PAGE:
What is interesting about the claim that the eye has evolved some 40 independent times is that the “evidence” is examples of such eyes that are fully functional. The “evidence” is not that they are changing into anything but that they are fully formed and doing just fine, thank you very much.
Well, interesting paper titled, “A pessimistic estimate of the time required for an eye to evolve,” was authored by Dan-E. Nilsson (Department ef Zoology, Lund University, Helgonaviigen 3, S-223 62 Lund, Sweden) and Susanne Pelger (Department ef Genetics, Lund University, Stilvegatan 29, S-223 62 Lund, Sweden); Proc. R. Soc. Lond. B 1994 AD 256, 53-58.
Here is the abstract:
Theoretical considerations of eye design allow us to find routes along which the optical structures of eyes may have evolved. If selection constantly favours an increase in the amount of detectable spatial information, a light-sensitive patch will gradually turn into a focused lens eye through continuous small improvements of design.
An upper limit for the number of generations required for the complete transformation can be calculated with a minimum of assumptions. Even with a consistently pessimistic approach the time required becomes amazingly short: only a few hundred thousand years.
The development of a lens with a mathematically ideal distribution of refractive index may at first glance seem miraculous.
But, of course, they, for some odd reason, seek to do away with such superstitious nonsense within the pages of a science journal—the Proceedings of the Royal Society B: Biological Sciences.
They point out:
Taking a patch of pigmented light-sensitive epithelium as the starting point, we avoid the more inaccessible problem of photoreceptor cell evolution.
Well, that’s so special. And with a wipe of their forehead, they can get right into pessimistically estimating the time required for an eye to evolve by beginning with something that is already in existence and not by having to answer why there is something, anything at all such as a patch of pigmented light-sensitive epithelium, rather than nothing.
Thus, they bypass bothersome issue such as how anything exists at all much less how we end up beginning with a patch of pigmented light-sensitive epithelium and jump right into it:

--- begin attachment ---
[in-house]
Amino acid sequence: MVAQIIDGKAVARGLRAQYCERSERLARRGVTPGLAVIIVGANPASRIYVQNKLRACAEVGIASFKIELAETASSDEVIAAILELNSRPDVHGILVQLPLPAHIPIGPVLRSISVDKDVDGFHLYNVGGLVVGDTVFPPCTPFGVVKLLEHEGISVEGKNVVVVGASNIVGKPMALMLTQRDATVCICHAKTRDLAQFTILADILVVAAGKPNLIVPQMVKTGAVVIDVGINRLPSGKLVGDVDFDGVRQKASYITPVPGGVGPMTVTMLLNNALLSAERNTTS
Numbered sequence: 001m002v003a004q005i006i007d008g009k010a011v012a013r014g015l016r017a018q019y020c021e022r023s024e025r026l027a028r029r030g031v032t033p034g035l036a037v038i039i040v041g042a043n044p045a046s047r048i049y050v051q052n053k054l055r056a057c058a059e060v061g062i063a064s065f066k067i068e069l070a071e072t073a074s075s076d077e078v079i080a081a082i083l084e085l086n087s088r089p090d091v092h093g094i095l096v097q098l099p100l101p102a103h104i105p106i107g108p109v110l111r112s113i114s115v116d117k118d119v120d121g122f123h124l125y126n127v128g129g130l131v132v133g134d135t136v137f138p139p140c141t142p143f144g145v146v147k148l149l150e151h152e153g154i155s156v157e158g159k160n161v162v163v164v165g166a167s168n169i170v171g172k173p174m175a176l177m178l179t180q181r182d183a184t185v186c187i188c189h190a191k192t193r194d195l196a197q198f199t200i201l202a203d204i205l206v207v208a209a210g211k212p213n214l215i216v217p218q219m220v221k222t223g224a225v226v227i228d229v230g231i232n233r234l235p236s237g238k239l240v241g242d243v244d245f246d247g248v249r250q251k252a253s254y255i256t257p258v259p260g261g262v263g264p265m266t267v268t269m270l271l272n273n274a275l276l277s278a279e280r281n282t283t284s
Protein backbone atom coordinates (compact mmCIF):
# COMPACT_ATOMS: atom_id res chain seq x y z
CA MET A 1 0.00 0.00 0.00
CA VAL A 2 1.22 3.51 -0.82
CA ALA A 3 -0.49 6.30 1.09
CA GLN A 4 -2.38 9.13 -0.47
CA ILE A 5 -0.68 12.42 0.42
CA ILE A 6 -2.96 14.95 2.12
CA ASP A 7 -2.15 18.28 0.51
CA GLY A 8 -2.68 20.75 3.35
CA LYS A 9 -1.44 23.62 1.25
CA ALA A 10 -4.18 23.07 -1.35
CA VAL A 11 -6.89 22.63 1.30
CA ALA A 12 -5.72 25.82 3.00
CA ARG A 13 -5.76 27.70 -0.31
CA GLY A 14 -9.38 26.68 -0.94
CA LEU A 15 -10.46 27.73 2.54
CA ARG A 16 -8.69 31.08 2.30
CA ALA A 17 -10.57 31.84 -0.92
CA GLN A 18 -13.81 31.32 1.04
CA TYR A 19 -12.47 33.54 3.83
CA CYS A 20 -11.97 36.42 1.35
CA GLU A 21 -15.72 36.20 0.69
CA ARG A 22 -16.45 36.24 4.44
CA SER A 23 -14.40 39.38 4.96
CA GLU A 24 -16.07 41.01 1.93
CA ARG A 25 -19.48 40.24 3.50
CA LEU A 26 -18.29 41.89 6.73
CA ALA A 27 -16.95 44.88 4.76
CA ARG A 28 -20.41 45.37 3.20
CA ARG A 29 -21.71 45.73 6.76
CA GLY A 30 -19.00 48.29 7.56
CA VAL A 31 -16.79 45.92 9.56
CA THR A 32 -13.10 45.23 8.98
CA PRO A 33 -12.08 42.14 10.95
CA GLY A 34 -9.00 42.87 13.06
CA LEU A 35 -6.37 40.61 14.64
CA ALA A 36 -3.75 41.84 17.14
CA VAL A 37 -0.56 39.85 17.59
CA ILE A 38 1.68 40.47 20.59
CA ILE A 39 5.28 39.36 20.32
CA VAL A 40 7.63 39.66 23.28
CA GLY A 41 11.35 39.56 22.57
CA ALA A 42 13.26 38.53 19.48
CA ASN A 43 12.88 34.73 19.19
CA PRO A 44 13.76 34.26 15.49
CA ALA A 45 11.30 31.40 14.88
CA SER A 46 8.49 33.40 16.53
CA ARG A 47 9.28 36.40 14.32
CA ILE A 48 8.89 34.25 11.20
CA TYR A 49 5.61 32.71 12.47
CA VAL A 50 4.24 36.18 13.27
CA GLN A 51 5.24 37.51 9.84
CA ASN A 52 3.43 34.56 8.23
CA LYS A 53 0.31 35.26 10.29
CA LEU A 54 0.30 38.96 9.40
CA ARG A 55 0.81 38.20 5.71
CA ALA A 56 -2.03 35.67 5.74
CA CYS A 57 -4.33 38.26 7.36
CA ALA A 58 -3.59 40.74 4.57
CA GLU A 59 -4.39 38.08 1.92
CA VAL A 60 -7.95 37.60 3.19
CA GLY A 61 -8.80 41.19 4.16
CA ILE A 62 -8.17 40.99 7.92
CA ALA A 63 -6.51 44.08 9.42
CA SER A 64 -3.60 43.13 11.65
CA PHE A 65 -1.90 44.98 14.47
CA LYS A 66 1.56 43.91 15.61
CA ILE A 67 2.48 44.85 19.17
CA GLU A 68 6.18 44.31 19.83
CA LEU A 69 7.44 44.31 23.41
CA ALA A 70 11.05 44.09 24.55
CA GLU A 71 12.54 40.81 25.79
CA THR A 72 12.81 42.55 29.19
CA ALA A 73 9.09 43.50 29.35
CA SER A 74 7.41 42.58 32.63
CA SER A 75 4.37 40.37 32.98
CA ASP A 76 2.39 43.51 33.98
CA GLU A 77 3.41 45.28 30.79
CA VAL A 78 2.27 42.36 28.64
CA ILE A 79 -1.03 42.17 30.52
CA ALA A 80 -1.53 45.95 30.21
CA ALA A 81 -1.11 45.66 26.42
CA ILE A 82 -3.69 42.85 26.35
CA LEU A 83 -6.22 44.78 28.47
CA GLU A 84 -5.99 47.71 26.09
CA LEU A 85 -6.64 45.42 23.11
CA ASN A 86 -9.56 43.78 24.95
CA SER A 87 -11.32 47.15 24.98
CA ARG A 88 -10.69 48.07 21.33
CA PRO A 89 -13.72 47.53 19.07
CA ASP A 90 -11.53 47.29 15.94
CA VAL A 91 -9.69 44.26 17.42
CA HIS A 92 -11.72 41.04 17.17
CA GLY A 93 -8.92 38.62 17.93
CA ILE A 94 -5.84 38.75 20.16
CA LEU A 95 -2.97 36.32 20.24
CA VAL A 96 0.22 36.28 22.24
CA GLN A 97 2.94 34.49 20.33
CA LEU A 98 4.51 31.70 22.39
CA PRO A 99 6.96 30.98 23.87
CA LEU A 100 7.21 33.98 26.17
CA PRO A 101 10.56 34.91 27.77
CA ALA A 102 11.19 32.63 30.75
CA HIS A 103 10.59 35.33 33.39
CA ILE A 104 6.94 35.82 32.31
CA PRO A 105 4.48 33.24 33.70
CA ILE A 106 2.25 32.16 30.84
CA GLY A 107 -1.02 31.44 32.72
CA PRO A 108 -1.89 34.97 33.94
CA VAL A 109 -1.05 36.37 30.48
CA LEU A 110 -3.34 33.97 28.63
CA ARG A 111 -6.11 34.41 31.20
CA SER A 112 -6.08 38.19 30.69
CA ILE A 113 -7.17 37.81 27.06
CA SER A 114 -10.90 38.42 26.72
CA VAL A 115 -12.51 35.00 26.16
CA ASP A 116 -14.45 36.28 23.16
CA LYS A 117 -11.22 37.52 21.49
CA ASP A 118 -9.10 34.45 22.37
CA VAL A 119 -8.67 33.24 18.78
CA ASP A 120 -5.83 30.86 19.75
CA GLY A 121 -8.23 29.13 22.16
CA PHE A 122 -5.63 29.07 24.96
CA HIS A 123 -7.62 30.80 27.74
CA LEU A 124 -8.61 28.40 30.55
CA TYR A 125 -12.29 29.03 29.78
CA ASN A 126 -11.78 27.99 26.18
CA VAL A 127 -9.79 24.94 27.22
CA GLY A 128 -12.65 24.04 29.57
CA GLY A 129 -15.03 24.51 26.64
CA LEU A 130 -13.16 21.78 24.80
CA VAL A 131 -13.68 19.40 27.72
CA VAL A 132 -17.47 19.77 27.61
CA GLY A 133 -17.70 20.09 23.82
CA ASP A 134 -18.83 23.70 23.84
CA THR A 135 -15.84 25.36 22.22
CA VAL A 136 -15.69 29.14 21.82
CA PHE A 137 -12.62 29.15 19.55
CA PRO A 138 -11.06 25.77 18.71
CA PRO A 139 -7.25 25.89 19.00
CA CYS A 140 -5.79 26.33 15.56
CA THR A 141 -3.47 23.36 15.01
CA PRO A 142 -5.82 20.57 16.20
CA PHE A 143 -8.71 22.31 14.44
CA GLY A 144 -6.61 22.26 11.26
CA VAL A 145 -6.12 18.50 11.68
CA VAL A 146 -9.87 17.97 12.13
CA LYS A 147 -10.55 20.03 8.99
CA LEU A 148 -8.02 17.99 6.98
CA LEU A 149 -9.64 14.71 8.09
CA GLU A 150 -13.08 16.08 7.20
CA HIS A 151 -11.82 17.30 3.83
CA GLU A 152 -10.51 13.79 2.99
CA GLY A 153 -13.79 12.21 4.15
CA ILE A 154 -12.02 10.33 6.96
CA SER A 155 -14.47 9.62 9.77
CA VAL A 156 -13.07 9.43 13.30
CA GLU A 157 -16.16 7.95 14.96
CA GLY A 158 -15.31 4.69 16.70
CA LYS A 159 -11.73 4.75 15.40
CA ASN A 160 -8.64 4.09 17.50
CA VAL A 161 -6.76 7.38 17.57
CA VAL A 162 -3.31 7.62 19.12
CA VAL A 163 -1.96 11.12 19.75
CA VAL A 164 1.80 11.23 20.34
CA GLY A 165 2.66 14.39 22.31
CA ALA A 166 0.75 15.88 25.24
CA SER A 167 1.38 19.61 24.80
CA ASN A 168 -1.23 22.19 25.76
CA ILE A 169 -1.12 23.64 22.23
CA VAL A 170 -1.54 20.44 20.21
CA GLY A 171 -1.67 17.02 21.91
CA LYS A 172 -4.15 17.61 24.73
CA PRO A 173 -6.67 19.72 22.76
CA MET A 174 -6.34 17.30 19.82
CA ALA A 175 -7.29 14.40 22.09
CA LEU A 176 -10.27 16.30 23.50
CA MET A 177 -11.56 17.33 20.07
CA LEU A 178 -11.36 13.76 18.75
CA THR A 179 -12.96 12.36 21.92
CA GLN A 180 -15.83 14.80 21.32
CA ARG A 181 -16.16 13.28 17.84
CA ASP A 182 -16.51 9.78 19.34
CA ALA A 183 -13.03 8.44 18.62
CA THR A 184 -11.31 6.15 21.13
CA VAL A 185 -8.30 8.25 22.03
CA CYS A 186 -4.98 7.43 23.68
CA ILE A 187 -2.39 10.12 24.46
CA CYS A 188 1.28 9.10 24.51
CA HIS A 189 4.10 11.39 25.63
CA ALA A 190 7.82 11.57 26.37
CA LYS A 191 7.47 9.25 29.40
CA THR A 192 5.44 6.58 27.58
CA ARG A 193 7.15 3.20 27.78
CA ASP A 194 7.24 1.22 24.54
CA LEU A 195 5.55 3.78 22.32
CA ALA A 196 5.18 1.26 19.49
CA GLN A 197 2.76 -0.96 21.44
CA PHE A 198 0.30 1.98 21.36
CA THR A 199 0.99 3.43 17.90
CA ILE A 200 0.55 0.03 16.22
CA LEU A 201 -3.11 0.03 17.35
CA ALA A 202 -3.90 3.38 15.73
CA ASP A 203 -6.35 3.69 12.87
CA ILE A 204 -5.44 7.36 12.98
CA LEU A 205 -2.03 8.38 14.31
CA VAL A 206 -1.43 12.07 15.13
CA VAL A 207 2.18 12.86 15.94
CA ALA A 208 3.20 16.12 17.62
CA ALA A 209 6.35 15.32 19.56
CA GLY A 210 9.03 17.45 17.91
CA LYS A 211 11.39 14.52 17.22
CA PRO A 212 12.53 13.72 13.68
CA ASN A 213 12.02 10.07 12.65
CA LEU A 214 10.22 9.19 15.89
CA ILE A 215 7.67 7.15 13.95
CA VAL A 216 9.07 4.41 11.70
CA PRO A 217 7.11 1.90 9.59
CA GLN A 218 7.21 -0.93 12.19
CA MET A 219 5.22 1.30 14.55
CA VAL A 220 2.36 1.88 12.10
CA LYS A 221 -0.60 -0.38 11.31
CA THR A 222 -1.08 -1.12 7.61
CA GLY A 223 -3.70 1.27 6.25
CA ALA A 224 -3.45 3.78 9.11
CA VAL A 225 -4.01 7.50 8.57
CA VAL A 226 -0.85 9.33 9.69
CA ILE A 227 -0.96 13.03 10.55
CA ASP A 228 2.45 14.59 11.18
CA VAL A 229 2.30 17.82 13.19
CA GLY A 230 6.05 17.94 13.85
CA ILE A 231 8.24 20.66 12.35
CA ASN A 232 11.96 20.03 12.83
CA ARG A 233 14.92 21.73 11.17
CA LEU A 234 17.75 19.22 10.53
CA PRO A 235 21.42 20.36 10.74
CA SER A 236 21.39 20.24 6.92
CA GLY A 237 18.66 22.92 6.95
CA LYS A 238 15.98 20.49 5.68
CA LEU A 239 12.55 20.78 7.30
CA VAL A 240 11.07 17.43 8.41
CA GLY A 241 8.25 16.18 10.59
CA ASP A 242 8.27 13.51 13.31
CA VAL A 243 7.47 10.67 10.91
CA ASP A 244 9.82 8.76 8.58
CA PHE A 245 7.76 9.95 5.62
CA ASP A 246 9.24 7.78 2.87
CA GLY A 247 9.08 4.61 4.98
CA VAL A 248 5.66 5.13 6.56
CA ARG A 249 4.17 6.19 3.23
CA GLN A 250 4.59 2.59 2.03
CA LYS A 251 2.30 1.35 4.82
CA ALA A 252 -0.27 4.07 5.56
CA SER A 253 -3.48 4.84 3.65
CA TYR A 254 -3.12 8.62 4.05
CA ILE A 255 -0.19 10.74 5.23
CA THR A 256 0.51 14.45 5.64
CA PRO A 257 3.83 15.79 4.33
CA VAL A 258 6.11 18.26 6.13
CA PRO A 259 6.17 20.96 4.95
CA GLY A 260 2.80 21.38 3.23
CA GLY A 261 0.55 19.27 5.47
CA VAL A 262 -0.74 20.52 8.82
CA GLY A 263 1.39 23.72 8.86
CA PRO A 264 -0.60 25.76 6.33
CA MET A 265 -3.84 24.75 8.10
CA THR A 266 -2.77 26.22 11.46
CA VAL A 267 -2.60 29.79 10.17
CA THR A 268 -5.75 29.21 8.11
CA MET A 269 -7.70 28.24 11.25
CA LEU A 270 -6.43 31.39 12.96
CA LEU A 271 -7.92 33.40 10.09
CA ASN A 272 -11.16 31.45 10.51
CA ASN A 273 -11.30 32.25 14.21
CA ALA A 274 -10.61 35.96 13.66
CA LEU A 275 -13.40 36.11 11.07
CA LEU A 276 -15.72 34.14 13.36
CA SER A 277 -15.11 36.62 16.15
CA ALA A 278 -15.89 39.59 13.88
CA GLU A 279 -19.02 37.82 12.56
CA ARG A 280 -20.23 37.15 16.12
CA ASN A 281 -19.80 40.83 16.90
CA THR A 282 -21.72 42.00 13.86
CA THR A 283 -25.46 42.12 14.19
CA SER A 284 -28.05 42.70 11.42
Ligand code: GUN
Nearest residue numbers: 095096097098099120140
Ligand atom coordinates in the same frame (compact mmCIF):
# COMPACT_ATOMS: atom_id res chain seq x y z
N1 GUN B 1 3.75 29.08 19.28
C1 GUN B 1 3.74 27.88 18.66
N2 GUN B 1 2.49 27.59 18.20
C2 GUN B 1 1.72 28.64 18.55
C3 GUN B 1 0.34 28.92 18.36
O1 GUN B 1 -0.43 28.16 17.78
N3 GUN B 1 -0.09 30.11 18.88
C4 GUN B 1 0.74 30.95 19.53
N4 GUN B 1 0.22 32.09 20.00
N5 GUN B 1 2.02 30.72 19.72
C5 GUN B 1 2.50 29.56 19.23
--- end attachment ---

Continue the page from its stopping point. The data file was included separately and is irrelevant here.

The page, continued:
We have made such calculations by outlining a plausible sequence of alterations leading from a light sensitive spot all the way to a fully developed lens eye.
Although, it would seem that when estimating the time required for an eye to evolve one would actually have to include, you know, all that time that it took to get from nothing to a patch of pigmented light-sensitive epithelium and then add the time it took it to evolve into an eye but hey, I’m not scientists and must not understand such depths of knowledge.
The authors were very kind to evolution from nothing indeed as they note:
We let the evolutionary sequence start with a patch oflight-sensitive cells.
Good thing that they “let” evolution start that way, or else evolution would be in real trouble.
The nervous tissue in the vertebrate retina can also be ignored as this is clearly a part of the nervous system which just happens to reside in the eye.
When making peer reviewed estimations it is, apparently, always good to simply ignore, you know, facts and stuff, that would make guessing at things more difficult…or, something.
Here are some interesting, key, passages:
plausible values had to be assumed
Assuming constant intensity, the upper curve is thus for an eye which is 100 times larger than that for the lower curve.
We assume that the patch is circular, and that selection does not alter the total width of the structure. The latter assumption is necessary to isolate the design changes from general alterations of the size of the organ.
we assume that the retinal receptive field
the retinal sampling density is assumed always to match the resolution of the optical image
The spherical lens is assumed to fill the aperture
the refractive index is assumed to follow a smooth gradient
The refractive index of the vitreous body is assumed
we have assumed that the receptor diameter is continuously modified such that the photon catch per receptor
assuming that values above
we deliberately ignored this and assumed
Assuming that selection operates on small but random phenotypic variations, no distribution of refractive index is inaccessible to selection.
Throughout the calculations we have used pessimistic assumptions and conservative estimates for the underlying parameters. Should one or perhaps even two of these assumptions or estimates in fact be optimistic, we can trust that the remaining ones will at least compensate for the errors made.
we assume a generation time of one year
And that, ladies and gentlemen, is science, so called that is.
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